For many years, veterinarians and horse owners reported reproductive problems in mares that consumed tall fescue (Garrett et al., 1980; Villahoz et al., 1984; Poppenga et al., 1984). Monroe et al. (1988) determined that the endophyte of tall fescue is the causative agent for reproductive abnormalities in gravid mares (Fig. 17-1). They reported that increased gestation lengths, agalactia, foal and mare mortality, tough and thickened placentas, weak and dysmature (large-framed emaciated-looking) foals, and reduced serum prolactin and progestagen levels occurred in mares consuming E+ pasture, whereas gravid mares on endophyte free (E-) pasture appeared normal.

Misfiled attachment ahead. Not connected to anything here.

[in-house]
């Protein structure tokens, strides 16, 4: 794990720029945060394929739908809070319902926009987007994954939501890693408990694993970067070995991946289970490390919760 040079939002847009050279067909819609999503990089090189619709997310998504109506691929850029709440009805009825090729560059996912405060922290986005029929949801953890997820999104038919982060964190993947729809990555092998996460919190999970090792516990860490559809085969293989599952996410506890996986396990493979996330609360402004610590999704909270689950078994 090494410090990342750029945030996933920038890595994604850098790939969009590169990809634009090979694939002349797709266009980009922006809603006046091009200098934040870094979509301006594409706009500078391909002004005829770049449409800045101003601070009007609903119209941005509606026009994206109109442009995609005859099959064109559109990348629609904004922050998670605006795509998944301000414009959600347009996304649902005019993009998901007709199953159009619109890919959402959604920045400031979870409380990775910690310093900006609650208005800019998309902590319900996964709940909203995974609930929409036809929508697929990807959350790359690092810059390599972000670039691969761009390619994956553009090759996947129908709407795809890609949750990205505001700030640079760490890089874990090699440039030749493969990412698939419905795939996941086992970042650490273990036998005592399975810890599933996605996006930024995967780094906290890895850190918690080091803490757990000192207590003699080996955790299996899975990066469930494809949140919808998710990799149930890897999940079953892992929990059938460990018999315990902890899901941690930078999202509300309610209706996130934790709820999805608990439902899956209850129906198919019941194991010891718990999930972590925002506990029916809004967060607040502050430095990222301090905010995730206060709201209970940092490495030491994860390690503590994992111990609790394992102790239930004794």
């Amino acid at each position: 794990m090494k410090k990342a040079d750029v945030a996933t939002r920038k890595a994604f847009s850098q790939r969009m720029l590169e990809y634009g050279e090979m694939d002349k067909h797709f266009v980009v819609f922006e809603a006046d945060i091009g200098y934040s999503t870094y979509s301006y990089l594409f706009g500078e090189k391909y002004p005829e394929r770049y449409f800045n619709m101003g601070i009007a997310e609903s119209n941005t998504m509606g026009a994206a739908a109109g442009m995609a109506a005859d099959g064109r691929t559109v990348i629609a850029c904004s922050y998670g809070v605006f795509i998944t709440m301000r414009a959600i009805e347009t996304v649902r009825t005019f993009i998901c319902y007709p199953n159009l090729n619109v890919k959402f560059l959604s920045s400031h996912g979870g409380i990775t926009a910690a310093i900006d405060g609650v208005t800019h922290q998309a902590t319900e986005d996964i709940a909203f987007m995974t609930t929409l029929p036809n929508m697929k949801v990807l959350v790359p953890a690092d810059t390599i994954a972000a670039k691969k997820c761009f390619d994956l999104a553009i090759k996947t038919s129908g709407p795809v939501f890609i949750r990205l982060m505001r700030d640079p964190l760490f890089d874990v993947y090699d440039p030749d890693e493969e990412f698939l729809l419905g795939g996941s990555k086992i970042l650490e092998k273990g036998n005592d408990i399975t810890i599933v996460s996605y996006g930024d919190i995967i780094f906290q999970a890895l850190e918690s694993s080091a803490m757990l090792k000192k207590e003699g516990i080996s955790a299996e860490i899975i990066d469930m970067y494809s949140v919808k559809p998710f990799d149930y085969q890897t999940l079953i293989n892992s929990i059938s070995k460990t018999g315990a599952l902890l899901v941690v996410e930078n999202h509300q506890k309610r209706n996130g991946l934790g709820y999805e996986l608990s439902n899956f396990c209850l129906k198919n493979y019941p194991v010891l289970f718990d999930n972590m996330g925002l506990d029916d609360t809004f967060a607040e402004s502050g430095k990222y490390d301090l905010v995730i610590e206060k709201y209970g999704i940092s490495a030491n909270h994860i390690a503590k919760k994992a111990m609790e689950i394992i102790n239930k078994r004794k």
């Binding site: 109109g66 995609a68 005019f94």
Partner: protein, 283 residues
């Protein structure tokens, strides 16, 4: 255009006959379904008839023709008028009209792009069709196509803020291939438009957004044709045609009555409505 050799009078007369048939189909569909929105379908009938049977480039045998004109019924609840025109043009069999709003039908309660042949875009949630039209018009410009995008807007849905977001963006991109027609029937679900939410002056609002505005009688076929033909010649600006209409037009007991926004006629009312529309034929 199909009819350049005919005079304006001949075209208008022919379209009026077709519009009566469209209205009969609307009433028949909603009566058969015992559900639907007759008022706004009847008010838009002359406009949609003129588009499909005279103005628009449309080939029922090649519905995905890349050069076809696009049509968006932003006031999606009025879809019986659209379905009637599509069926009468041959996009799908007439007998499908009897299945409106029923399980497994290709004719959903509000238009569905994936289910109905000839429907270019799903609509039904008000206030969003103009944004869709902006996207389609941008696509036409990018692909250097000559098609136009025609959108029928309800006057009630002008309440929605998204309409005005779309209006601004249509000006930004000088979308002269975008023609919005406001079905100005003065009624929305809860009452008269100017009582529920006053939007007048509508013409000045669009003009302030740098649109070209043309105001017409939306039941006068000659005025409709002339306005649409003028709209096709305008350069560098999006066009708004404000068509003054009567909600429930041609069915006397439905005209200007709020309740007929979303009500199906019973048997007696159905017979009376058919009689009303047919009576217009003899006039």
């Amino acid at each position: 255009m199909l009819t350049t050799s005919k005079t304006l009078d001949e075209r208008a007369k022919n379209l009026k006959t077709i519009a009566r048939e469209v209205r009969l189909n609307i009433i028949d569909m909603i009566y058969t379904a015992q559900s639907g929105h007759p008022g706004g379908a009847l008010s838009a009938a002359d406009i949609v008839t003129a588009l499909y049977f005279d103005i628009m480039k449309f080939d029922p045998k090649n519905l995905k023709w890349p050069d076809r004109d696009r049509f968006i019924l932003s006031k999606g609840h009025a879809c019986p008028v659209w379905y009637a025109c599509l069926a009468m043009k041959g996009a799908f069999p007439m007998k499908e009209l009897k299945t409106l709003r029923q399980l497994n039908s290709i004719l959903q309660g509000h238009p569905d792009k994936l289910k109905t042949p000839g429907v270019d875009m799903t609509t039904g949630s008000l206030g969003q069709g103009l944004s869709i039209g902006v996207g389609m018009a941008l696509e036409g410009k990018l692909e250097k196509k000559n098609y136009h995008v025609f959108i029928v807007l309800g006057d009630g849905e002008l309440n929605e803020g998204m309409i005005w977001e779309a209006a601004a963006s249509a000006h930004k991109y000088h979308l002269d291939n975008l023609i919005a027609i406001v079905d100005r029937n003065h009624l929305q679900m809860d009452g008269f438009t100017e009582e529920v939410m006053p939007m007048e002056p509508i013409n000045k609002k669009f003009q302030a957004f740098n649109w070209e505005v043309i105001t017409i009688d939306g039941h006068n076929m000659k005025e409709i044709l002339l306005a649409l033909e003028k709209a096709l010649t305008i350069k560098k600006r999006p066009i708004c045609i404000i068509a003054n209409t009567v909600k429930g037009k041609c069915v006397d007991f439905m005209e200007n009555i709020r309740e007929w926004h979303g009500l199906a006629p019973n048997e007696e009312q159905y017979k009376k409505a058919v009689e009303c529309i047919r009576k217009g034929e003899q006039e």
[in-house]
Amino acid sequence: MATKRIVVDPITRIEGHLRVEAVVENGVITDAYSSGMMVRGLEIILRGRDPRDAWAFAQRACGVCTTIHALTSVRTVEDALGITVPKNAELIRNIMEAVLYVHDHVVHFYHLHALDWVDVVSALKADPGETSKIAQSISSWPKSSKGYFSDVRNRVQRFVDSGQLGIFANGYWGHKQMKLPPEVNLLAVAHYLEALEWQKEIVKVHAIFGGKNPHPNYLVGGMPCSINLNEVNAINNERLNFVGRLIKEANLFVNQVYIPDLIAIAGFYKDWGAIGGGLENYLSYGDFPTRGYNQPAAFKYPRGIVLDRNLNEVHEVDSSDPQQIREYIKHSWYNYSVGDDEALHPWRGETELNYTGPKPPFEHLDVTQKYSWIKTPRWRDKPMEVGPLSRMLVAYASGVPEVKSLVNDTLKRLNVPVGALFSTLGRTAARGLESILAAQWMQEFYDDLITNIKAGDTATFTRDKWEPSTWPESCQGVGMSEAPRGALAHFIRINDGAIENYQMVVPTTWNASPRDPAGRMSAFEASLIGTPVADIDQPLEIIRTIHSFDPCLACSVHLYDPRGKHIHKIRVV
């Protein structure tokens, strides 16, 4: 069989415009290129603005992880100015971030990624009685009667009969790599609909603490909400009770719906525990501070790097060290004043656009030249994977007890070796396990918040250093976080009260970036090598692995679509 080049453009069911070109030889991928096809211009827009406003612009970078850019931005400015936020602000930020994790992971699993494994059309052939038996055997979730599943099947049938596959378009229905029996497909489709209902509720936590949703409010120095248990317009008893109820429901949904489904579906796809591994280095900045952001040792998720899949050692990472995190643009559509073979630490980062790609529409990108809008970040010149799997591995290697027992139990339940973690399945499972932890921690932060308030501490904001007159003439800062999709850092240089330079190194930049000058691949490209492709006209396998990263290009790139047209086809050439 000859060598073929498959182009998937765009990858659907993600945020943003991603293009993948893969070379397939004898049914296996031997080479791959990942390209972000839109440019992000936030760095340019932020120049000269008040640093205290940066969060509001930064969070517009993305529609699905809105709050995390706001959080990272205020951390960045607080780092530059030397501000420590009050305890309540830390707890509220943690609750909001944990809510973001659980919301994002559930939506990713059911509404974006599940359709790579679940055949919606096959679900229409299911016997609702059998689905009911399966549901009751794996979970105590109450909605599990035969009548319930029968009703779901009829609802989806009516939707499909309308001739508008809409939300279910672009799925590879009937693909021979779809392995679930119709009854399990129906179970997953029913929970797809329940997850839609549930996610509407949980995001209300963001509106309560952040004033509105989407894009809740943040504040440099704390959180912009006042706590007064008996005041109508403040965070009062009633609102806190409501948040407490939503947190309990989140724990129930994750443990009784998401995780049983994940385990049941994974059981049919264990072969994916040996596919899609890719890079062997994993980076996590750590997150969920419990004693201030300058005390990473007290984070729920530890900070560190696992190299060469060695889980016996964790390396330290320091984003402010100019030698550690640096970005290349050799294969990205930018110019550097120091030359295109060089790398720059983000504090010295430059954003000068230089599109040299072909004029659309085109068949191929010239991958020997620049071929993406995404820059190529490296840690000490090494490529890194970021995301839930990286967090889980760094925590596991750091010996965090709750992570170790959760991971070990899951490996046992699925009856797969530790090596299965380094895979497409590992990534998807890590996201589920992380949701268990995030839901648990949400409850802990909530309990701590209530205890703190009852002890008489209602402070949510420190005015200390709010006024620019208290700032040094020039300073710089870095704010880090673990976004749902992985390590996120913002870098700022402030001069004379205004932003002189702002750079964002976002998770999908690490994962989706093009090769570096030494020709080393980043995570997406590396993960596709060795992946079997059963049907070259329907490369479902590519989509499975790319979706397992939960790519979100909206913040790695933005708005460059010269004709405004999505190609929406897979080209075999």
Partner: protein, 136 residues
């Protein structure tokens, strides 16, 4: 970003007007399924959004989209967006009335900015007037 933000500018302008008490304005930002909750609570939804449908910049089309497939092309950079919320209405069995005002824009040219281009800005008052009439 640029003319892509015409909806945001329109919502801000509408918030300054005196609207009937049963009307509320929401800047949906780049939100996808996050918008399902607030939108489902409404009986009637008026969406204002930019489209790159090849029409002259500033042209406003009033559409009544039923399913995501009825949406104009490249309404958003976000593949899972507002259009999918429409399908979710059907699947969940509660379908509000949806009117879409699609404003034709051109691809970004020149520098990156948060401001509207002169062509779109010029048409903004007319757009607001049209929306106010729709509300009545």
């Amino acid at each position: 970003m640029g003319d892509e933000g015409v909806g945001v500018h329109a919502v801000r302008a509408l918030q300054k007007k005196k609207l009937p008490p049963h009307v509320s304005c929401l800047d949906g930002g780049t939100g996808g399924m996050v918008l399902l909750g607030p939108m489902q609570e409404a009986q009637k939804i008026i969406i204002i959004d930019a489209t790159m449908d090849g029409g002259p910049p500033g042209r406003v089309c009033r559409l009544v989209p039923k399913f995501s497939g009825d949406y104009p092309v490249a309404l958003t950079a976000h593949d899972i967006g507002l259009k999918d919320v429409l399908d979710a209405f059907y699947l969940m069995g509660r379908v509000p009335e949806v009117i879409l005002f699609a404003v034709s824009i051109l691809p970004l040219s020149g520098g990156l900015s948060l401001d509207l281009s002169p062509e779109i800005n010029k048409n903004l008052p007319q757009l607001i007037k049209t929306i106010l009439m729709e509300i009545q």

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Fig. 17-1. Comparison of the effects of E+ and E- tall fescues on gestation length, foal mortality, agalactia, incidence of placental retention, and rebreeding response in mares (adapted from Monroe et al., 1988). Stars indicate significant difference between treatments (P < 0.05).


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